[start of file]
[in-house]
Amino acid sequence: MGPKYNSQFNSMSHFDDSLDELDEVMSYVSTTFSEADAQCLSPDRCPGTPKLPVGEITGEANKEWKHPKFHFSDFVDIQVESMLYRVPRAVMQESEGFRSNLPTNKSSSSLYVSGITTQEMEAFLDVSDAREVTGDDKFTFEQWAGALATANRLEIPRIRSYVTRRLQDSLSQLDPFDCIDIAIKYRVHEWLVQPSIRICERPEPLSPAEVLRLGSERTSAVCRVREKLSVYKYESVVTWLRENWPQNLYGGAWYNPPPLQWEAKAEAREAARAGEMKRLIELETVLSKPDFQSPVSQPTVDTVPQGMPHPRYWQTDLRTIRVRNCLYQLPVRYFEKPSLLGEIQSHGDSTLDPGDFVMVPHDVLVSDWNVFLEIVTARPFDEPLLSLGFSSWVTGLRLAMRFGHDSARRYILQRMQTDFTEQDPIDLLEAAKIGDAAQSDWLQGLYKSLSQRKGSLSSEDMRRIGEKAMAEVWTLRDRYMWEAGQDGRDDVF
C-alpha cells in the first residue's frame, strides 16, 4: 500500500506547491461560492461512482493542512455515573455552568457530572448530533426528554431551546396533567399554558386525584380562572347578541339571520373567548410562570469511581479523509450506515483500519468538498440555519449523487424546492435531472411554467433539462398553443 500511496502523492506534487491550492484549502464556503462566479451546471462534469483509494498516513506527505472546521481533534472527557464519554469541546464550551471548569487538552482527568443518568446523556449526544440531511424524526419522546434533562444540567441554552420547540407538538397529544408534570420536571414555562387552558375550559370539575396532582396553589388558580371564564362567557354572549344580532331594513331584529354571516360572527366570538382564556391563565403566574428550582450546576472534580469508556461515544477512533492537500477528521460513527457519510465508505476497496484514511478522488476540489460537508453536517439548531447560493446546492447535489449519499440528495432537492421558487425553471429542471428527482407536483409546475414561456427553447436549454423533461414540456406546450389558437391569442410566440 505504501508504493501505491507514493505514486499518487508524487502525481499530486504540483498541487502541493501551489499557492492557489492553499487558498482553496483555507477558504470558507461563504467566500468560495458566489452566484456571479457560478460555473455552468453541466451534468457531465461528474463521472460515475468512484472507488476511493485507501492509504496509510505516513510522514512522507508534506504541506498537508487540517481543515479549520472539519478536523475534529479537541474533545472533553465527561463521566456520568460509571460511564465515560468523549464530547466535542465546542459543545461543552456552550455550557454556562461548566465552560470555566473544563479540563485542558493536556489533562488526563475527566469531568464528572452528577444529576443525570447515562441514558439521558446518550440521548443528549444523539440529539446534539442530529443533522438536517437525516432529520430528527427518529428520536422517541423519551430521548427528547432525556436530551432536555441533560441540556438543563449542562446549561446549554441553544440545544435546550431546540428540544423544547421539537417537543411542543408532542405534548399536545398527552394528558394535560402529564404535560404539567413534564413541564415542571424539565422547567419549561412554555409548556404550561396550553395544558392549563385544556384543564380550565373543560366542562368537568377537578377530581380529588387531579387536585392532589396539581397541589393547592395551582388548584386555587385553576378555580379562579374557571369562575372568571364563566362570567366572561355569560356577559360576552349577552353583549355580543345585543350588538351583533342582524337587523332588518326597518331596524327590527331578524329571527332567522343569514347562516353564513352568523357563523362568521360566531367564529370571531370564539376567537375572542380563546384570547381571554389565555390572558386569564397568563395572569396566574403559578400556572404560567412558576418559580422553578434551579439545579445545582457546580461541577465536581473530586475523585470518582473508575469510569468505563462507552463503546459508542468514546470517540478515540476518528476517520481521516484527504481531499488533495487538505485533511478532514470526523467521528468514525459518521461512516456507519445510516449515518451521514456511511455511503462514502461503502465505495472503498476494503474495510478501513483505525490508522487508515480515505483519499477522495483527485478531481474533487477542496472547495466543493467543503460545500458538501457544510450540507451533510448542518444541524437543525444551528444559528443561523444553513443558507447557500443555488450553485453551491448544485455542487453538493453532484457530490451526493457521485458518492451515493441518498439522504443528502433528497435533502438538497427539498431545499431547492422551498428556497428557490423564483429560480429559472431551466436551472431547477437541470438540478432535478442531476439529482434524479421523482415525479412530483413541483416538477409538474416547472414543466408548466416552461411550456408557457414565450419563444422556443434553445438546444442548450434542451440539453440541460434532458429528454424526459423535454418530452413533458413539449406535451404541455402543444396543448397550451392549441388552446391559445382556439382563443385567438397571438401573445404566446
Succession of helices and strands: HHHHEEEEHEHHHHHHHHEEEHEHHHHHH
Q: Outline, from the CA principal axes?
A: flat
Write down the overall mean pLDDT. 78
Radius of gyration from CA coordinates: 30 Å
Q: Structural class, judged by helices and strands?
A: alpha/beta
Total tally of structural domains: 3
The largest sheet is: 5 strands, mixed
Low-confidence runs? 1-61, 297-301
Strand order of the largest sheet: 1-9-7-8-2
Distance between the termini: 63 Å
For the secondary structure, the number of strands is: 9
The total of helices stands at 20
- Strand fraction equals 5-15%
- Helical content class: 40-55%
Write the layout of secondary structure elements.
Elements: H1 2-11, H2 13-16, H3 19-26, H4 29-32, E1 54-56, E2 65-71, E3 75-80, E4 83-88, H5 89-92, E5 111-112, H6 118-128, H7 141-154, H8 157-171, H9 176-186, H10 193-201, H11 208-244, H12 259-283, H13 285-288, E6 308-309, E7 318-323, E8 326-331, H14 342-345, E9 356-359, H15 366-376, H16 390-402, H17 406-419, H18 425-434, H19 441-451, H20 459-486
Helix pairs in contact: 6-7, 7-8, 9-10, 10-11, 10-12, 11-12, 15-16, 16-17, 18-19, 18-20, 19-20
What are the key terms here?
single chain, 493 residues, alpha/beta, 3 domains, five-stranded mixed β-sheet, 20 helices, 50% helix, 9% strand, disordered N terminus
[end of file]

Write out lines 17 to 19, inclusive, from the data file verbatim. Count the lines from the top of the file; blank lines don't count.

The total of helices stands at 20
- Strand fraction equals 5-15%
- Helical content class: 40-55%